“Lessons I Learned At the Empire State Games”: Reflecting on Seventeen Amazing Competitions
While the outcomes of the competitions do not matter at all, there is something beautiful in having the chance to lose in addition to the chance to win. It means we have been included in an authentic competition, rather than relegated to a contest where we either cannot play due to our disabilities or are given the stock patronizing speech that “everyone is a winner”.
The Game Before the Game (World Cup)
Before the goals, before the glory, there is an unseen game played in the locker room. Watch how the best prepare for greatness with Beats SOLO2 and Studio. This is how the game is won. Featuring: Neymar Jr., Bacary Sagna, Bastian Schweinsteiger, Blaise Matuidi, Cesc Fàbregas, Daniel Sturridge, Chicharito, Jozy Altidore, Luis Suárez, Mario Götze, and Robin van Persie. Special Appearances: Neymar da Silva Sr., LeBron James, Lil Wayne, Nicki Minaj, Rafaella Beckran, Rio Ferdinand, Serena Williams, Sydney Leroux, Stuart Scott, and Thierry Henry.
Female golfer Stackhouse poised to make history
“It’s not my goal to ever be the first African-American to do something,” said Stackhouse, who grew up in the Atlanta suburb of Riverdale. “I just want to be as good as I can be. “But I also appreciate the fact that there is some other African-American girl out there interested in golf and I can be a source of inspiration and show her that she shouldn’t feel left out. It always helps to see somebody like you doing something to make it believable. If I can inspire some other young girl, that makes me happy.”
When Stanford’s Mariah Stackhouse tees it up for the United States in the Curtis Cup this week at St. Louis (Mo.) Country Club, she will become the first African-American woman to compete in the matches against Great Britain and Ireland. Donald Miralle/Getty Images
The World’s Largest Organized Youth Sports Program Partners With The World’s Most Iconic Building To Celebrate The 75th Anniversary Of Little League®
Little League will continue to host a number of initiatives throughout the year that celebrate the fundamental values of the program – community, family, friendly competition and relationships that last a lifetime. People can visit LittleLeagueBigLegacy.com to see the Little League Big Legacy Project digital mosaic (unveiled on Friday, June 6), learn about the history of the Little League program, explore the interactive timeline with photos and videos celebrating Little League, and get the most up to date information on events and activities and how they can commemorate the organization’s 75th Anniversary.
Chasing the Dream at 5200 Feet
Everyone struggles to run in Lesotho. Maseru itself is located at 5200 feet above sea level and the rest of the country is even more mountainous. Even more so than their ability to run at ease in this lung-busting altitude, however, the younger runners in the group impressed me with their drive to succeed. Coming from a stable, middle-class American background where taking up running in high school was a reasonable, if not exactly the most popular proposition, the sacrifices some of these runners were making was eye-opening. For a lot of the group running wasn’t just a way of life, but a way to survive, not only for themselves, but also to literally support their families.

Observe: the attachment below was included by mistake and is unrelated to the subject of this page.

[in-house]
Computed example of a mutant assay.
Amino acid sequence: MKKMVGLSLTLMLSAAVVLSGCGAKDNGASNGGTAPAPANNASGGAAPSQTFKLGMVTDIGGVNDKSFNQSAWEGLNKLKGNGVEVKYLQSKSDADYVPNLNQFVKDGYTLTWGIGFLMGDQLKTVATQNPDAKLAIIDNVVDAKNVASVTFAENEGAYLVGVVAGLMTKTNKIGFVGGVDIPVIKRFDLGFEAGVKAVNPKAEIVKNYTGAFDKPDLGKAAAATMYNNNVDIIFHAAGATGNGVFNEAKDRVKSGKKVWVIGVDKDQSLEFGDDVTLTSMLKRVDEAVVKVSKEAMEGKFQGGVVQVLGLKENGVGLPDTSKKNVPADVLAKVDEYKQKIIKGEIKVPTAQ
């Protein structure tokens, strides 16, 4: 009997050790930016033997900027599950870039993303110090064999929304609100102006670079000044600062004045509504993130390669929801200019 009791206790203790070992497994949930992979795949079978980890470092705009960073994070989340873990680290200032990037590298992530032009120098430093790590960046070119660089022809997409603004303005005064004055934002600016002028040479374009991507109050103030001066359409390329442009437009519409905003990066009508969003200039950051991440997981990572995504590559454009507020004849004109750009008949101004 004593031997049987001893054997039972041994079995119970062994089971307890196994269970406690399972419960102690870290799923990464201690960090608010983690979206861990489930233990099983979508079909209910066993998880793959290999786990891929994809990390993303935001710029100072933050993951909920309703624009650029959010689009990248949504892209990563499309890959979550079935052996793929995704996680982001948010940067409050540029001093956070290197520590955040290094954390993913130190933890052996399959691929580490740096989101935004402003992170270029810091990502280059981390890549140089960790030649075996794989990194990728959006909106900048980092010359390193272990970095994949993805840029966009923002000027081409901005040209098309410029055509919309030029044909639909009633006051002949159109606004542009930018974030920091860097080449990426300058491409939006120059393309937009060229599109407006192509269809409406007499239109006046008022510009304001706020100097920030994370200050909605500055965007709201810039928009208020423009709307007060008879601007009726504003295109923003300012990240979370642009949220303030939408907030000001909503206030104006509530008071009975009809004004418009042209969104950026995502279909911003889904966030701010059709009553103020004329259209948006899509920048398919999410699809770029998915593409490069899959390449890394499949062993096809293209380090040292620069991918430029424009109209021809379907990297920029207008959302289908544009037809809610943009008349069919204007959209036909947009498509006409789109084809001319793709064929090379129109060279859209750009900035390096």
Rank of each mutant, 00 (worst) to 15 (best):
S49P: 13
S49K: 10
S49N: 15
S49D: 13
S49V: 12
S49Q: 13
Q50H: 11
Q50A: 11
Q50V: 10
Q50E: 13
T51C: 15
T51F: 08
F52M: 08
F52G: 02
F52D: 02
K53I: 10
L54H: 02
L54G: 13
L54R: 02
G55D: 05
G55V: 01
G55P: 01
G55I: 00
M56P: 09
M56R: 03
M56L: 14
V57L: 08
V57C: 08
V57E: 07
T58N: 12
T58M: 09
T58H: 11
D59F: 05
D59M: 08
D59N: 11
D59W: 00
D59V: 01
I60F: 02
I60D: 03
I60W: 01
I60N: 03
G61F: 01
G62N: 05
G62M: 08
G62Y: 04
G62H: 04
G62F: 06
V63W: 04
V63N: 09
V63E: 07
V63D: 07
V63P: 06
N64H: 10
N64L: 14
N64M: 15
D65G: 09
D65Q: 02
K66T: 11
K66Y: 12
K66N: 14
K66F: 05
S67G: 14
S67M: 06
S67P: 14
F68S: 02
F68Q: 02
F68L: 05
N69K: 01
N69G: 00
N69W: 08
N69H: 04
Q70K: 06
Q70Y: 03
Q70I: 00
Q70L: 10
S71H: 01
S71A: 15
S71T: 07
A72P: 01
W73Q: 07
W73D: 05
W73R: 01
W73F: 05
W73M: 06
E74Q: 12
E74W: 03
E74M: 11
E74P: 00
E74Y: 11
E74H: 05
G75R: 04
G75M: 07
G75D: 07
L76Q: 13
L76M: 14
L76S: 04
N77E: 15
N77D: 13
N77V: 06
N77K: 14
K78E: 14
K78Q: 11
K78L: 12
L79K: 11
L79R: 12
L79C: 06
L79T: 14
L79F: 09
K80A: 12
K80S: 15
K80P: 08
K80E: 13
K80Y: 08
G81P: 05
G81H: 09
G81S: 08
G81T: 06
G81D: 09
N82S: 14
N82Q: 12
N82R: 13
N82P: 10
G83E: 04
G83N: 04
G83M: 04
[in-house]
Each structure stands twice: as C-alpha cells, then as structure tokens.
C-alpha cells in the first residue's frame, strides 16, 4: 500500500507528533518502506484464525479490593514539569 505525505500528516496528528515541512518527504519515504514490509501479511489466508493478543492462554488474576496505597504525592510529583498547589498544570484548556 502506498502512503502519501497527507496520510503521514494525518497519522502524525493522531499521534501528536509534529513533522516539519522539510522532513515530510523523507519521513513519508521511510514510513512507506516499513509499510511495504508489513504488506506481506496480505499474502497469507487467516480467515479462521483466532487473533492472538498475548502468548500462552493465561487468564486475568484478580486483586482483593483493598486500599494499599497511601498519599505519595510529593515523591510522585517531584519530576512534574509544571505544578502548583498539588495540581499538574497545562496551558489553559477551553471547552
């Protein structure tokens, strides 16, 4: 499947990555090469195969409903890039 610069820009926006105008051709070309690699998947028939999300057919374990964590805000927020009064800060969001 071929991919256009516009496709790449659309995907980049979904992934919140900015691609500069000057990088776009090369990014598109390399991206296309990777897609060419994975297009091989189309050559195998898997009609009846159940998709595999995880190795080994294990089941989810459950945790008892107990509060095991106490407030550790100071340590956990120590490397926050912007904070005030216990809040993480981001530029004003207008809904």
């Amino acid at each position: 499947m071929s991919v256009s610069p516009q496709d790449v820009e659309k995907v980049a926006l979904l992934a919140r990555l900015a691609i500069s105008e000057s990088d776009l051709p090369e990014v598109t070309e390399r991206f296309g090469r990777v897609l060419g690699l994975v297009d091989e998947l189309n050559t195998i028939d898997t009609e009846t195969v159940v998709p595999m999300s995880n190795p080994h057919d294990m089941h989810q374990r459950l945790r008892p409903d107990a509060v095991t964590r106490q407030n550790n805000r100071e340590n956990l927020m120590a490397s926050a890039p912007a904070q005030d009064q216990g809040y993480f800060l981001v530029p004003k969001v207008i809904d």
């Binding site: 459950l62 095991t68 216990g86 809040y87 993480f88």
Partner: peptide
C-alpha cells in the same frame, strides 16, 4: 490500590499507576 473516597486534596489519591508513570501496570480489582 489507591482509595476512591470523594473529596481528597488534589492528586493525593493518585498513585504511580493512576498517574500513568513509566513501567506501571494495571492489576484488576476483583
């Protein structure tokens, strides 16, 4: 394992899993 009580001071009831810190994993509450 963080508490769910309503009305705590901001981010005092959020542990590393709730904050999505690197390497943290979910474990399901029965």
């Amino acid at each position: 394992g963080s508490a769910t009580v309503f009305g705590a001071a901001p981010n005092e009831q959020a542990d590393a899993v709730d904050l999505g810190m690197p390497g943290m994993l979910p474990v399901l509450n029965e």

RAJESH JANTILAL via Getty Images
Cobi Jones: Soccer Unites, Soccer Empowers, Soccer Inspires
I have seen first-hand that on the soccer pitch, youth can learn to live together peacefully and discover common values. Through exchange programs held in more than 100 countries, the State Department has sent soccer players to work with youth in all corners of the globe. SportsUnited has also hosted close to 300 youth soccer players in the U.S. where we’ve built relationships based on a common passion for sports. It is in this spirit that we wish all athletes good luck as they compete in the 2014 World Cup.
How Dikembe Mutombo’s Finger Changed the NBA
The wag has become so famous that today it nearly outshines the staggering things Dikembe Mutombo achieved on the court. He appeared on eight all-star squads, earned four NBA Defensive Player of the Year awards, and blocked more shots than anyone in the league’s history with the exception of Hakeem Olajuwon. But if Mutombo eventually reaches the Hall of Fame — he becomes eligible in 2015 — it’ll have more than a little to do with the cultural influence of his right hand’s index finger. In other words, the wag is what made Mutombo Mutombo, what turned a lumbering non-native English speaker who excelled on the forgotten end of the floor into a bona fide superstar.
Dikembe Mutombo posts up against Shawn Kemp of the Seattle Supersonic in Seattle.
Andrew D. Bernstein/NBAE via Getty Images
THE NEXT 10 STORIES
This Girl Was Born In India’s Lowest Caste… But At 13, She Stepped On The Top Of The World.
Malavath Poorna was born a member of the Dalits, which are India’s lowest caste and are otherwise known as the “untouchables“. And life for Dalits in the world’s biggest democracy is still very tough, as Malavath herself acknowledges in an interview with the BBC: “For a tribal girl like me, opportunities are very rare and I was looking for one opportunity where I could prove my caliber.” And, boy, did she prove it! The 13-year-old girl has now become the youngest female to climb Mount Everest, the world’s highest mountain.